Botanical Name: Gratiola officinalis.

Other Common Names: Gratiola, gratia dea, herb of grace, Gnadenkraut (German), graciola (Spansih), gratiole officinale (French), nådesurt (Dansih).

Habitat: Hedge hyssop is found growing wild from Western and Central Europe to Western Asia. It has been introduced to North America and Australia. The plant prefers alkaline moist soil in full sun.

Description: Hedge hyssop belongs to the figwort (Scrophulariaceae) family.

It is a smooth, 30-60 cm tall perennial plant with erect square-shaped hollow stems.

The green leaves are opposite fleshy and slightly-toothed.

The flowers are white (with purple veins) tubular and sit on short stalks in the leaf axils. The fruits are pointed, egg-shaped capsules.

Plant Parts Used: Both the aerial parts and roots of the plant are used as herbal medicine.

Hedge Hyssop

Hedge Hyssop (Gratiola officinalis) – Attribution: Franz Xaver

Therapeutic Uses, Benefits and Claims of Hedge Hyssop

The plant contains some cardiac stimulant glycosides (gratiolin, gratiogenin and gratiotoxin), essential oil and tannins.

Hedge Hyssop (Gratiola officinalis)

Hedge Hyssop (Gratiola officinalis) – Illustration

Hedge hyssop is a bitter, pungent and diuretic herb that stimulates both the heart and uterus, and has strong laxative properties.

The plant belongs to the same family as foxglove and has the same heart stimulating effect as both plants contain the toxic cardiac glycosides.

During the Middle Ages the plant was known by the name “Gratia Dea,” meaning God’s grace and it was held in high regard as a medicinal herb.

It was used to treat many ailments, especially constipation.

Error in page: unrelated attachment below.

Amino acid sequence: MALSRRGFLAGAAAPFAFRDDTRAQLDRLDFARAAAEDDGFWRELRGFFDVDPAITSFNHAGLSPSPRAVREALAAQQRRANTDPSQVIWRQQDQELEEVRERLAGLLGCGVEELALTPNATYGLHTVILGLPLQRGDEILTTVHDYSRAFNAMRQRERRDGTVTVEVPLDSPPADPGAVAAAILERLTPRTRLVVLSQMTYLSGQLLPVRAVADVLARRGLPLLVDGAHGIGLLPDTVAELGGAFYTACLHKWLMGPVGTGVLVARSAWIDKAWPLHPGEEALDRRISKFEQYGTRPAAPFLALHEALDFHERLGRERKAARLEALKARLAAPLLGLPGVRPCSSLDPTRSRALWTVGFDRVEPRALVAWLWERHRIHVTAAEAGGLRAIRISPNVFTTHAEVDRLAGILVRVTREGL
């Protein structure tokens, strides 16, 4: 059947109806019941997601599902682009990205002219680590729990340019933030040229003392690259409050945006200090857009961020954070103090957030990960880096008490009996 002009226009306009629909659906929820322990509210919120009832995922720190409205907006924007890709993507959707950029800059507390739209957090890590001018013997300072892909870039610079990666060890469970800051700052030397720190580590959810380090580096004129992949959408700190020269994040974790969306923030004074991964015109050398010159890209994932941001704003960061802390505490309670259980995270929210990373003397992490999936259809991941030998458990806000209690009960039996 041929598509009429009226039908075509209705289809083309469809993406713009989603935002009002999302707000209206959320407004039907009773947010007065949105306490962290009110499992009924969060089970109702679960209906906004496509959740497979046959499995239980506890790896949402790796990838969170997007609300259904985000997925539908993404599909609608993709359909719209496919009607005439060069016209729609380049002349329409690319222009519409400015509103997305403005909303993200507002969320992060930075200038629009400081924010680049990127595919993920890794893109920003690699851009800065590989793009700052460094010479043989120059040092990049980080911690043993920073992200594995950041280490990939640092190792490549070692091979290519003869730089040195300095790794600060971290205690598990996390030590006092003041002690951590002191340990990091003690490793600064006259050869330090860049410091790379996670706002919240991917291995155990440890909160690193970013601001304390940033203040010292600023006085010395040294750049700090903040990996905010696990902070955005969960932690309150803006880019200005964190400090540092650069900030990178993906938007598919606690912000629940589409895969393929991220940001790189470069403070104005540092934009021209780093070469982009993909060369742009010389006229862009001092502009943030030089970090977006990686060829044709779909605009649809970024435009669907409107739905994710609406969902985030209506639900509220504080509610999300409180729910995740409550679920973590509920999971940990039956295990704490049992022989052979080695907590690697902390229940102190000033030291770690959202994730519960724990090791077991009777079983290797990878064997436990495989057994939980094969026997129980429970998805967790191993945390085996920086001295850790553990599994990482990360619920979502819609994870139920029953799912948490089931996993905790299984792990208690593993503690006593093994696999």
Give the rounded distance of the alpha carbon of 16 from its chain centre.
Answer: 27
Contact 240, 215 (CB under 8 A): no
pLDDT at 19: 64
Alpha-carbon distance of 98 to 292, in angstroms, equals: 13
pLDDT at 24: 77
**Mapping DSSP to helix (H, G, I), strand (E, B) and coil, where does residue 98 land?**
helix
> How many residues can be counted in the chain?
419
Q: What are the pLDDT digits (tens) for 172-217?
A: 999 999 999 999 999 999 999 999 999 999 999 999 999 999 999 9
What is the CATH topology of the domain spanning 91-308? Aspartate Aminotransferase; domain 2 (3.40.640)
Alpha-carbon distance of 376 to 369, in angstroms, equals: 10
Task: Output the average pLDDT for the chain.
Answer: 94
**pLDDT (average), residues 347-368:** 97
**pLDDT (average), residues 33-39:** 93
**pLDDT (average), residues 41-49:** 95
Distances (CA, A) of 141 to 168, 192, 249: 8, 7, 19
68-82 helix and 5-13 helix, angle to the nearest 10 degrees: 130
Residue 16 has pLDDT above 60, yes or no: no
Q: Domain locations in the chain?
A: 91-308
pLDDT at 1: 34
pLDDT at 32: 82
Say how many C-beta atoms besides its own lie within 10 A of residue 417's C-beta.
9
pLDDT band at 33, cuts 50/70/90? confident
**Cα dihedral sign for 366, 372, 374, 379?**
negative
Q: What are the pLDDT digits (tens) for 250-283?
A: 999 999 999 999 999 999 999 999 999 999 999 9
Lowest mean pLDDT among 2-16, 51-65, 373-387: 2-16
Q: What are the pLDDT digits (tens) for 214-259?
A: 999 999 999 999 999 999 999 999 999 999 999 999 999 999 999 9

However, due to the herb’s toxic and powerful effect it is very likely that it did more harm then good and probably some fatalities.

Besides the herb’s uses as a heart stimulant, it was used as folk medicine to treat enlarged spleen, intestinal worms and some liver diseases such as jaundice.

Additionally, in some countries an extract of the herb was used externally against skin diseases and hemorrhoids.

Today, the herb rarely used as medicine because of its many side effects and that the difference between effective and toxic dose is so small.

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Dosage and Administration

Hedge hyssop can be highly poisonous and should be used with great caution and only under the direction of qualified herbal practitioners.

Self-medication is usually strongly discouraged!

Hedge Hyssop Flowers

Hedge Hyssop Flowers

Possible Side Effects and Interactions of Hedge Hyssop

Excessive doses can cause miscarriage, kidney damage and intestinal bleeding, and large doses can be fatal.

It has been said that milk from cows that have grazed on the plant has also become toxic but no evidence support this hypotheses.

Supporting References

Bown, Deni: The Royal Horticultural Society New Encyclopedia of Herbs & Their Uses. London, Dorling Kindersley. 2002.
Bown. D.: Encyclopaedia of Herbs and their Uses. Dk Adult – first edition. 1995
Lockie, Andrew: Homeopati. Oslo, N.W.Damm & Søn AS. 2002.
Lust, John: The Herb Book. New York, Bantam Books. 1974.
Launert. E.: Edible and Medicinal Plants. Hamlyn. 1989.
Stuart, Malcolm: The Encyclopedia of Herbs and Herbalism. London, Orbis Publishing. 1979.
Volák, Jan & Jiri Stodola: The Illustrated Book of Herbs. London, Caxton Editions. 1998.